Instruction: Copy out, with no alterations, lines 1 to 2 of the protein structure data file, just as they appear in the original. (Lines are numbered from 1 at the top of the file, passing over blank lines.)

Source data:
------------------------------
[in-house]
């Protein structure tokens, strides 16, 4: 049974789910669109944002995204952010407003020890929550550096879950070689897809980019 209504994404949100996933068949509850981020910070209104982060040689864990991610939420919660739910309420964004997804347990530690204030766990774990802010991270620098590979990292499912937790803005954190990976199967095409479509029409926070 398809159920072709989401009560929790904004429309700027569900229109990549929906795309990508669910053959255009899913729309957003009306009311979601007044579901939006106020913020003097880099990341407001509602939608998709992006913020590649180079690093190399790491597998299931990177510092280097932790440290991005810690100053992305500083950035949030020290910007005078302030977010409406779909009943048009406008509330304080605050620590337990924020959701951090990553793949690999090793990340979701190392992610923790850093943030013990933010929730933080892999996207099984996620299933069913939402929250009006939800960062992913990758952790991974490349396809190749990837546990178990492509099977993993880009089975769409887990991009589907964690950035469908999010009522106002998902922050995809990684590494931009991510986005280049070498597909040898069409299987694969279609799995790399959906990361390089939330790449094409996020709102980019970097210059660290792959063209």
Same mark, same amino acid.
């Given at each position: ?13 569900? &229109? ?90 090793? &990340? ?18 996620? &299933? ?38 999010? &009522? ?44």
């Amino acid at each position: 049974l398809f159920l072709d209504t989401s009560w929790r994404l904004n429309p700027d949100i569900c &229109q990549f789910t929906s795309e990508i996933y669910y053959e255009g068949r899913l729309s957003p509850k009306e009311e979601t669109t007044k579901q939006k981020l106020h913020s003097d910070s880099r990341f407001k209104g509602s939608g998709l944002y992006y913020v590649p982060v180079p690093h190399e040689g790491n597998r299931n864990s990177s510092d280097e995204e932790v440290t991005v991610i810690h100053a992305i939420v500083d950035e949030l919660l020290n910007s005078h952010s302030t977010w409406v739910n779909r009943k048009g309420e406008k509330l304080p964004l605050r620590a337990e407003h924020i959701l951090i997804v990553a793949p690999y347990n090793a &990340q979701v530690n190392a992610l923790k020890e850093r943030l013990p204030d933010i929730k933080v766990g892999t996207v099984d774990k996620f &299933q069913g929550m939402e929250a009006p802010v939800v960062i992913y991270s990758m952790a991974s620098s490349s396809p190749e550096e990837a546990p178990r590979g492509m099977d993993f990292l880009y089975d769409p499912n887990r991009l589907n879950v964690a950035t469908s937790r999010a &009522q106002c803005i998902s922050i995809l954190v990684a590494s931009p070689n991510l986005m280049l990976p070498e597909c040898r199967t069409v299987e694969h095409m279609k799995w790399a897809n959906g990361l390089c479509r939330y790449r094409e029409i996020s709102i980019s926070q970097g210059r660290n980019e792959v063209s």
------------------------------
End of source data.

[in-house]
């Protein structure tokens, strides 16, 4: 049974789910669109944002995204952010407003020890929550550096879950070689897809980019 209504994404949100996933068949509850981020910070209104982060040689864990991610939420919660739910309420964004997804347990530690204030766990774990802010991270620098590979990292499912937790803005954190990976199967095409479509029409926070 398809159920072709989401009560929790904004429309700027569900229109990549929906795309990508669910053959255009899913729309957003009306009311979601007044579901939006106020913020003097880099990341407001509602939608998709992006913020590649180079690093190399790491597998299931990177510092280097932790440290991005810690100053992305500083950035949030020290910007005078302030977010409406779909009943048009406008509330304080605050620590337990924020959701951090990553793949690999090793990340979701190392992610923790850093943030013990933010929730933080892999996207099984996620299933069913939402929250009006939800960062992913990758952790991974490349396809190749990837546990178990492509099977993993880009089975769409887990991009589907964690950035469908999010009522106002998902922050995809990684590494931009991510986005280049070498597909040898069409299987694969279609799995790399959906990361390089939330790449094409996020709102980019970097210059660290792959063209």